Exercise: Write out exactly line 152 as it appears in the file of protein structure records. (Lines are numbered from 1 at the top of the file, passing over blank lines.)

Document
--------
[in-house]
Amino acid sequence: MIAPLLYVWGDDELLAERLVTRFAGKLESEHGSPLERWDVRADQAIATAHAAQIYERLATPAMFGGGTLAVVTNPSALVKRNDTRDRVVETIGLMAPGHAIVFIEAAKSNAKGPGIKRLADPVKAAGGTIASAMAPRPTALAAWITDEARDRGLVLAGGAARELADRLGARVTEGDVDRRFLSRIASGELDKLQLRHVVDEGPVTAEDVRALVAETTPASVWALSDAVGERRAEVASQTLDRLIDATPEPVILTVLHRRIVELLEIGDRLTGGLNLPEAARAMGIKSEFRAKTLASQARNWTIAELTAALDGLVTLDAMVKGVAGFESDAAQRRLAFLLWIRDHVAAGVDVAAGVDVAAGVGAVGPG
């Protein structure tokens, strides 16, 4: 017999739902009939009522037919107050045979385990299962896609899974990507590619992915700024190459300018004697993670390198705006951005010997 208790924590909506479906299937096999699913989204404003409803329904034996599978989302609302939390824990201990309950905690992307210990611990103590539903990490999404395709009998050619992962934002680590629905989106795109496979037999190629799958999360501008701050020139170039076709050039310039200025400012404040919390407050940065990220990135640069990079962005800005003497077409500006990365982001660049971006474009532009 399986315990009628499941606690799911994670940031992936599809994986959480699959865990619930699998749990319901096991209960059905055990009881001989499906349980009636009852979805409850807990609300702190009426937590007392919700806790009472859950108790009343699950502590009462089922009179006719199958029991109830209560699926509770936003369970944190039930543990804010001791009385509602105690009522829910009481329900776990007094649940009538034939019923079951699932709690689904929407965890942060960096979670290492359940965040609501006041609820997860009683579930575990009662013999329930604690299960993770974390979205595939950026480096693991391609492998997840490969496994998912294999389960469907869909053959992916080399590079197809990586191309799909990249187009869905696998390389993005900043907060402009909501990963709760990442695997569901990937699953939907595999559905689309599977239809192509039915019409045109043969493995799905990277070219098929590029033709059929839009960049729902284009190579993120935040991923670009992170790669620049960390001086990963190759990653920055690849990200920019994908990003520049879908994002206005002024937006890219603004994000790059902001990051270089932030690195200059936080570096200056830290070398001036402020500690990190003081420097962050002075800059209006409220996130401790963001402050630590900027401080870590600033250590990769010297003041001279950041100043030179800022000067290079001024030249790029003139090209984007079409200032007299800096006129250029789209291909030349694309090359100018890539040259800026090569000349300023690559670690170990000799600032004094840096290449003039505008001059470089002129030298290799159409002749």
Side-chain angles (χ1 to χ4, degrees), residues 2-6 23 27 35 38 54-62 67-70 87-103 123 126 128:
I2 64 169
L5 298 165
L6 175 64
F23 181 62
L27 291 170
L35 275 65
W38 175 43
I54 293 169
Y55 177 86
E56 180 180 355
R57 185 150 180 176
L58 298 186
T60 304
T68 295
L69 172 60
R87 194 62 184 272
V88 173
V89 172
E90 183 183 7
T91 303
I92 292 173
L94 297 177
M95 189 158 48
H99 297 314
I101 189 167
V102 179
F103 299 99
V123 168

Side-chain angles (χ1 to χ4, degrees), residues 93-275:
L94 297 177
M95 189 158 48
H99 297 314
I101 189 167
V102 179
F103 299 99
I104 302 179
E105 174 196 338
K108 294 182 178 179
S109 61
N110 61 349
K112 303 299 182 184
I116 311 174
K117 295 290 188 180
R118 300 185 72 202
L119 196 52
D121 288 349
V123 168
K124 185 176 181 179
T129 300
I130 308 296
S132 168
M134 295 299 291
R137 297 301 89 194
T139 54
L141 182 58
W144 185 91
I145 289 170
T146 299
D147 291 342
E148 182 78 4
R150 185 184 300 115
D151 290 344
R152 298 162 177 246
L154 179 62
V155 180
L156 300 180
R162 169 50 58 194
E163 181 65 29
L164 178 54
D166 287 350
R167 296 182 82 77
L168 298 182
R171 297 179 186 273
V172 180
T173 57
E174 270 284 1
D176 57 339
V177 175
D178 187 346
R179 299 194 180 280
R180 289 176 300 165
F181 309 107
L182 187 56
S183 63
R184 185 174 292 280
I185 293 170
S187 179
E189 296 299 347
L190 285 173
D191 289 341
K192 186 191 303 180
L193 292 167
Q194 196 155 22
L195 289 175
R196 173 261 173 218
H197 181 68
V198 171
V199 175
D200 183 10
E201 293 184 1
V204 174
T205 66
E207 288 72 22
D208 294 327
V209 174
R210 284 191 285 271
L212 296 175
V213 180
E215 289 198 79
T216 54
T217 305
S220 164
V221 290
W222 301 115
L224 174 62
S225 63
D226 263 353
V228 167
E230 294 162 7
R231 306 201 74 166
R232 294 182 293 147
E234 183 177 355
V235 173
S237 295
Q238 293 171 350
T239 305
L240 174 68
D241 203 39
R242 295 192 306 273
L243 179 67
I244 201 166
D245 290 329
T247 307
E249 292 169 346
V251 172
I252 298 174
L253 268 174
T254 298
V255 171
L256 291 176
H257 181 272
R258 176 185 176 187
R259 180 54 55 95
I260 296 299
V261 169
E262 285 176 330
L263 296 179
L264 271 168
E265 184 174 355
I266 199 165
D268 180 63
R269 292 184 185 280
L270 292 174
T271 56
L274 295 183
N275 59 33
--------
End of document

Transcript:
L264 271 168